Note to Reporters: Photos of previous “Football 101” events are available with the news release at http://www.news.colostate.edu.
The intricacies of college football are foreign to plenty of Americans, so imagine what it’s like for most international students visiting the United States for the first time.
With “Football 101,” Colorado State University helps those students learn more about the game and welcomes them into American university traditions. The two-day primer on the great American institution of football is co-hosted by the Department of Athletics, CSU Alumni Association and Office of International Programs.
The third annual event will be 4-6 p.m. Friday, Sept. 9, at the International House Lobby, 1400 W. Elizabeth St., followed by a tailgate at Ag Day on Saturday, Sept. 10, when CSU takes on the University of Northern Colorado Bears.
Marko Denic, a master’s student in literature who is from Serbia, works on the Football 101 program as a student program coordinator in the Office of International Programs.
“It’s great because most of the people who have come here have heard about American football and know that it’s really big here, but they don’t know the rules and all the small things about the game,” Denic said. “I know most of them would like to go to a game but they just don’t do it because they don’t know the rules. This primer is amazing because it lets them participate more and it gives them the opportunity to make more friends. It helps when you know what’s going on so you can make American friends more easily.”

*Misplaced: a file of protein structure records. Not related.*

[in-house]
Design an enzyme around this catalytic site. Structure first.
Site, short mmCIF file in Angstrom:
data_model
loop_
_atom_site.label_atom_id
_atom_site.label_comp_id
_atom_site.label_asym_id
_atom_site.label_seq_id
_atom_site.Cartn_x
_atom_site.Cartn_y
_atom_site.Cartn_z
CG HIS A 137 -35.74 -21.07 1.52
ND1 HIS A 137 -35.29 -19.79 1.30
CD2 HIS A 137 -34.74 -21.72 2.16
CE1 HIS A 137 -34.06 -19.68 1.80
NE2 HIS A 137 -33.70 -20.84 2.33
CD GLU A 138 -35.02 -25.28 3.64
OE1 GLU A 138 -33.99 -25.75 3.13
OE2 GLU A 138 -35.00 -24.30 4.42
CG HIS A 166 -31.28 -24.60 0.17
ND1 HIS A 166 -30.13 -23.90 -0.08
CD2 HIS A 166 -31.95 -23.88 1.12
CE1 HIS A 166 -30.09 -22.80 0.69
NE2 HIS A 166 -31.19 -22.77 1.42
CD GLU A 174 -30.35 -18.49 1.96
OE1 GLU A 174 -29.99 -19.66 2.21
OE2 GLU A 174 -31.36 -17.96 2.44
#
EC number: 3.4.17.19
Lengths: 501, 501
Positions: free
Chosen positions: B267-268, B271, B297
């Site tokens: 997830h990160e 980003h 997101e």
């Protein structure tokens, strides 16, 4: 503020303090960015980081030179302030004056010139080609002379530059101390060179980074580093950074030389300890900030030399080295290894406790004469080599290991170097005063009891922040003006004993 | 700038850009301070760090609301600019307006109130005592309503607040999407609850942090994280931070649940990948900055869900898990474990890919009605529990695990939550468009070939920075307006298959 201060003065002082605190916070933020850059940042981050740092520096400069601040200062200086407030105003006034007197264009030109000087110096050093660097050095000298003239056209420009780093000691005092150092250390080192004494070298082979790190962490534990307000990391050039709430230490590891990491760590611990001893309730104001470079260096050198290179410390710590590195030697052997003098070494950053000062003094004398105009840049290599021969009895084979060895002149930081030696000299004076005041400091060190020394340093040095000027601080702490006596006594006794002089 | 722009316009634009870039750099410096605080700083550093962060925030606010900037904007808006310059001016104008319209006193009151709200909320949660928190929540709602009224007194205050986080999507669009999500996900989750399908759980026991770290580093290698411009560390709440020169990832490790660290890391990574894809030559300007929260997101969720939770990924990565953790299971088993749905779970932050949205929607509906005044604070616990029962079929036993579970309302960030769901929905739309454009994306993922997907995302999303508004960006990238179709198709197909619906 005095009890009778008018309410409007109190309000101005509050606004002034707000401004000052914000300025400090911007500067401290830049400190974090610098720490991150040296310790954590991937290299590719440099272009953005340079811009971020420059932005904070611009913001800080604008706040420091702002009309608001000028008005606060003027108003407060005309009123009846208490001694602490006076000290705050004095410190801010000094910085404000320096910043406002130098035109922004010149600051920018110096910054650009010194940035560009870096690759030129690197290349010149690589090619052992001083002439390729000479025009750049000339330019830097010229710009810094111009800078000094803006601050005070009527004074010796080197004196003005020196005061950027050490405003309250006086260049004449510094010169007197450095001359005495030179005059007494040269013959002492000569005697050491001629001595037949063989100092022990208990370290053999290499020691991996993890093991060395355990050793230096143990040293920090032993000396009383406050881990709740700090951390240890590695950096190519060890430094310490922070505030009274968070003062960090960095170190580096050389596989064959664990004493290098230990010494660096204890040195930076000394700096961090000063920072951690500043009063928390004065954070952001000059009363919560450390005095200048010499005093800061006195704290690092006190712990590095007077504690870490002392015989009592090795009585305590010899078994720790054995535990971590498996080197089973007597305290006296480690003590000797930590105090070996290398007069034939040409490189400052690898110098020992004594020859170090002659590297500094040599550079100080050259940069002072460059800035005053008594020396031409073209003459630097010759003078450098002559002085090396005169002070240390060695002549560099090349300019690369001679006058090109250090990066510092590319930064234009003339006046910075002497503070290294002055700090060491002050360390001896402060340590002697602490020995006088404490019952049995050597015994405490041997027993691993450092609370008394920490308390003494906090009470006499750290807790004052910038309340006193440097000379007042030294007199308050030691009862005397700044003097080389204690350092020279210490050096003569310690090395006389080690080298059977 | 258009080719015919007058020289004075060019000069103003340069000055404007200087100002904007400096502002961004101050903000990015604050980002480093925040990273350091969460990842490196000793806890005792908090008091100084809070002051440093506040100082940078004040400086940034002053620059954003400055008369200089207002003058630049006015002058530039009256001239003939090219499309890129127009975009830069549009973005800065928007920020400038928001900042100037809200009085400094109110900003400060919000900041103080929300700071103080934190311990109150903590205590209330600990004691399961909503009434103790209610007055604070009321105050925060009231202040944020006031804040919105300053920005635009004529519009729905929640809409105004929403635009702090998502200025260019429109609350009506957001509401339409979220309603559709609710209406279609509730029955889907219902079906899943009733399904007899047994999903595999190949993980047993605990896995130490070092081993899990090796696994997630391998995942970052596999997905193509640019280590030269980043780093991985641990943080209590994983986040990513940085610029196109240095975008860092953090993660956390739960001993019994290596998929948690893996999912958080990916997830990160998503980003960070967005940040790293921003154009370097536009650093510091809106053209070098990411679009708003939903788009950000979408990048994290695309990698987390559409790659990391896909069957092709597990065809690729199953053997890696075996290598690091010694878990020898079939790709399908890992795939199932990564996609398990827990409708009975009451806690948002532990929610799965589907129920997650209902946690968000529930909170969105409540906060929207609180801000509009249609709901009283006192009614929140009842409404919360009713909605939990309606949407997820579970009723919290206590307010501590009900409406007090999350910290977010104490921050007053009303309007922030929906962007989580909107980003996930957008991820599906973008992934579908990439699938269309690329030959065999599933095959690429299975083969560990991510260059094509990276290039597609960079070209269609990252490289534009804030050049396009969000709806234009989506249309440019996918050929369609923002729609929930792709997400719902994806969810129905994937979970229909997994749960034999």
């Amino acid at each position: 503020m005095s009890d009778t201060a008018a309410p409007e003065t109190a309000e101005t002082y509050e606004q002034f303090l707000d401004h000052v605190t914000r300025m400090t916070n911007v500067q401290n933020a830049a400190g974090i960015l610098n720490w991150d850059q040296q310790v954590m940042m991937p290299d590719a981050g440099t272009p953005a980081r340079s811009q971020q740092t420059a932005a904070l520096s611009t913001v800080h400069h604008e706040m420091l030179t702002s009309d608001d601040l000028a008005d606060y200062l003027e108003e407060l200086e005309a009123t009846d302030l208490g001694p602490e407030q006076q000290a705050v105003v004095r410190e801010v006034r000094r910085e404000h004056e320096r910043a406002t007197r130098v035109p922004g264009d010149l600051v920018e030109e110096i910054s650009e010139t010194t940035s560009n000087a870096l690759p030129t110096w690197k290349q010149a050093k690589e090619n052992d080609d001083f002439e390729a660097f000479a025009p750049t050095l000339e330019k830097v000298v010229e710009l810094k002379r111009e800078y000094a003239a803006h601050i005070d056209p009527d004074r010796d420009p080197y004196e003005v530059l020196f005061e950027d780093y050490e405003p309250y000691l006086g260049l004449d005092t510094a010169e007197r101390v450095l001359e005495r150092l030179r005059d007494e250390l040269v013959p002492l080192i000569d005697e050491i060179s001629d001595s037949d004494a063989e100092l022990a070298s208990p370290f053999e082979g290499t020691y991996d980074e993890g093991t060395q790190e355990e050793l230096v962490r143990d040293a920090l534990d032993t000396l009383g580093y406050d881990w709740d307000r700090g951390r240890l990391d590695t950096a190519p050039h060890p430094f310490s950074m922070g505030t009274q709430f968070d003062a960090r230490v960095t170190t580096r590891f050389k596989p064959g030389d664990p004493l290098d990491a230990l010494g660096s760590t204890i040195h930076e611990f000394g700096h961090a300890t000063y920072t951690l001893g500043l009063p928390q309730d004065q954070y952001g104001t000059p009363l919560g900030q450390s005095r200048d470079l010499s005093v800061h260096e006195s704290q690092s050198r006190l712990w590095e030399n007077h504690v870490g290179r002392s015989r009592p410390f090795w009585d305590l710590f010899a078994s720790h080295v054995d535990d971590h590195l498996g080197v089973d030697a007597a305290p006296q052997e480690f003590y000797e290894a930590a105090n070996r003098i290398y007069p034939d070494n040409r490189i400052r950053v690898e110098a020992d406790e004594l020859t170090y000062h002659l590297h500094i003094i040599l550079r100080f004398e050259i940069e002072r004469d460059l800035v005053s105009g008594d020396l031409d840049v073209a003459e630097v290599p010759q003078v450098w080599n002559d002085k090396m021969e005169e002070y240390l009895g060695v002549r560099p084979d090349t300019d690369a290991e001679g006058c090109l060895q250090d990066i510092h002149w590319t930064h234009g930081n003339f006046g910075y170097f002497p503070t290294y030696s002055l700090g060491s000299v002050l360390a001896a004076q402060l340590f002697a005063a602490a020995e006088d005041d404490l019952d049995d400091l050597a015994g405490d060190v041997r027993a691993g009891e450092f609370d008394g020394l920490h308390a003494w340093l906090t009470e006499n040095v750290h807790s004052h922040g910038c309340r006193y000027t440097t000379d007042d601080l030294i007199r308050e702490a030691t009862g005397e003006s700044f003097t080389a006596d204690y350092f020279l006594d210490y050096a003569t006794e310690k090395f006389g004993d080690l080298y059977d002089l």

“It has been one of the most fun things I do throughout the year,” said Gary Ozzello, senior associate athletics director. “There is a mix of international students who have a great knowledge of American football and those who will be seeing their first game. In my presentation, I compare it to a mixture of soccer and rugby, and they grasp that because many are so familiar with one or both of those sports.
“I try to cover the basics: equipment, 11 players on a side, and some of the basic rules. I try to also communicate key things to watch for. Most of all, I want them to have Ram pride.”
More than 200 students are expected for this year’s event, said Mark Hallett, director of International Student and Scholar Services. More than 1,400 international students from 80 countries are enrolled at Colorado State. They come from all over the world – from Albania to Vietnam – to obtain their undergraduate or graduate degrees.
Students receive a T-shirt, learn the words to the CSU Fight Song and sit with an international alumnus during the football game. Those former students include Darshan Shah and Kaizer Cooper, members of the International Alumni Engagement committee who have helped organize the Football 101 events.
Football won’t be completely foreign to some of those students attending the educational session on Friday, Ozzello said.
“Surprisingly, there is a group of international students from India and Nepal who frankly know more about football than I do,” Ozzello said. “They are a willing group who make me proud to be a CSU Ram.”